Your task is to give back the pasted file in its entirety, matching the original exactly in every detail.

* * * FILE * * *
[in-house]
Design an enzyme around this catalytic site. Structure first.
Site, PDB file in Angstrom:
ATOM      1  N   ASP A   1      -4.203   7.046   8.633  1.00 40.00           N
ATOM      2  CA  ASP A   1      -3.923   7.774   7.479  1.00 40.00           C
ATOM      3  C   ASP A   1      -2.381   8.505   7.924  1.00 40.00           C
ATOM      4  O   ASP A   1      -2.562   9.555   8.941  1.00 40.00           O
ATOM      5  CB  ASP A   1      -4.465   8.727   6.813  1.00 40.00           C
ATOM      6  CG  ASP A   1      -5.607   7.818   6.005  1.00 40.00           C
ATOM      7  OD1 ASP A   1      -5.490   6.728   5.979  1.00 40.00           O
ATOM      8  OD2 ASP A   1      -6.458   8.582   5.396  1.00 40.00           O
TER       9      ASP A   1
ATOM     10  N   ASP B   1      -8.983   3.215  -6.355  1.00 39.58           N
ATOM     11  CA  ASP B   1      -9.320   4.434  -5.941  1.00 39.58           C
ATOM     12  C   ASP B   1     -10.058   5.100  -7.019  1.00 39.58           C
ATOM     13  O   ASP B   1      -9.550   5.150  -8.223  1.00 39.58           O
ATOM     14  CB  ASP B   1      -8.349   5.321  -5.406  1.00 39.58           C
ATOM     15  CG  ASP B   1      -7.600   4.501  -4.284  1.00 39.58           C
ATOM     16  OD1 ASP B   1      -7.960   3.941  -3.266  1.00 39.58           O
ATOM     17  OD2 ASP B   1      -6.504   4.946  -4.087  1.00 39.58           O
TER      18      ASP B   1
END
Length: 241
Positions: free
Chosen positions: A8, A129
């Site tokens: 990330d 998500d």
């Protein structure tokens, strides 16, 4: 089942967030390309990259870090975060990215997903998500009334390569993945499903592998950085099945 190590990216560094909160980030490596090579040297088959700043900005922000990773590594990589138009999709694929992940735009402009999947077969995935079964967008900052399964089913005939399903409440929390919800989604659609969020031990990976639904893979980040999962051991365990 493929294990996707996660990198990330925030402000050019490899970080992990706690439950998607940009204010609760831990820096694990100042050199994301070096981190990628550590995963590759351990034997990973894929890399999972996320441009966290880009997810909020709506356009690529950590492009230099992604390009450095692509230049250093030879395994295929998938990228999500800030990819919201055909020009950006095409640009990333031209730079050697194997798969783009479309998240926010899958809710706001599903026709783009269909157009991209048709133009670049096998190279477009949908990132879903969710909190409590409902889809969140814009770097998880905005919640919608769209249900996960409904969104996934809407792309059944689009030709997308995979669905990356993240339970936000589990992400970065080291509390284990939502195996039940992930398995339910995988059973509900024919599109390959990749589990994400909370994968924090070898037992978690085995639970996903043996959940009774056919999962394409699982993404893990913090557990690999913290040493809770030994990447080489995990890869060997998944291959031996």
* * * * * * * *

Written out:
[in-house]
Design an enzyme around this catalytic site. Structure first.
Site, PDB file in Angstrom:
ATOM      1  N   ASP A   1      -4.203   7.046   8.633  1.00 40.00           N
ATOM      2  CA  ASP A   1      -3.923   7.774   7.479  1.00 40.00           C
ATOM      3  C   ASP A   1      -2.381   8.505   7.924  1.00 40.00           C
ATOM      4  O   ASP A   1      -2.562   9.555   8.941  1.00 40.00           O
ATOM      5  CB  ASP A   1      -4.465   8.727   6.813  1.00 40.00           C
ATOM      6  CG  ASP A   1      -5.607   7.818   6.005  1.00 40.00           C
ATOM      7  OD1 ASP A   1      -5.490   6.728   5.979  1.00 40.00           O
ATOM      8  OD2 ASP A   1      -6.458   8.582   5.396  1.00 40.00           O
TER       9      ASP A   1
ATOM     10  N   ASP B   1      -8.983   3.215  -6.355  1.00 39.58           N
ATOM     11  CA  ASP B   1      -9.320   4.434  -5.941  1.00 39.58           C
ATOM     12  C   ASP B   1     -10.058   5.100  -7.019  1.00 39.58           C
ATOM     13  O   ASP B   1      -9.550   5.150  -8.223  1.00 39.58           O
ATOM     14  CB  ASP B   1      -8.349   5.321  -5.406  1.00 39.58           C
ATOM     15  CG  ASP B   1      -7.600   4.501  -4.284  1.00 39.58           C
ATOM     16  OD1 ASP B   1      -7.960   3.941  -3.266  1.00 39.58           O
ATOM     17  OD2 ASP B   1      -6.504   4.946  -4.087  1.00 39.58           O
TER      18      ASP B   1
END
Length: 241
Positions: free
Chosen positions: A8, A129
């Site tokens: 990330d 998500d």
């Protein structure tokens, strides 16, 4: 089942967030390309990259870090975060990215997903998500009334390569993945499903592998950085099945 190590990216560094909160980030490596090579040297088959700043900005922000990773590594990589138009999709694929992940735009402009999947077969995935079964967008900052399964089913005939399903409440929390919800989604659609969020031990990976639904893979980040999962051991365990 493929294990996707996660990198990330925030402000050019490899970080992990706690439950998607940009204010609760831990820096694990100042050199994301070096981190990628550590995963590759351990034997990973894929890399999972996320441009966290880009997810909020709506356009690529950590492009230099992604390009450095692509230049250093030879395994295929998938990228999500800030990819919201055909020009950006095409640009990333031209730079050697194997798969783009479309998240926010899958809710706001599903026709783009269909157009991209048709133009670049096998190279477009949908990132879903969710909190409590409902889809969140814009770097998880905005919640919608769209249900996960409904969104996934809407792309059944689009030709997308995979669905990356993240339970936000589990992400970065080291509390284990939502195996039940992930398995339910995988059973509900024919599109390959990749589990994400909370994968924090070898037992978690085995639970996903043996959940009774056919999962394409699982993404893990913090557990690999913290040493809770030994990447080489995990890869060997998944291959031996």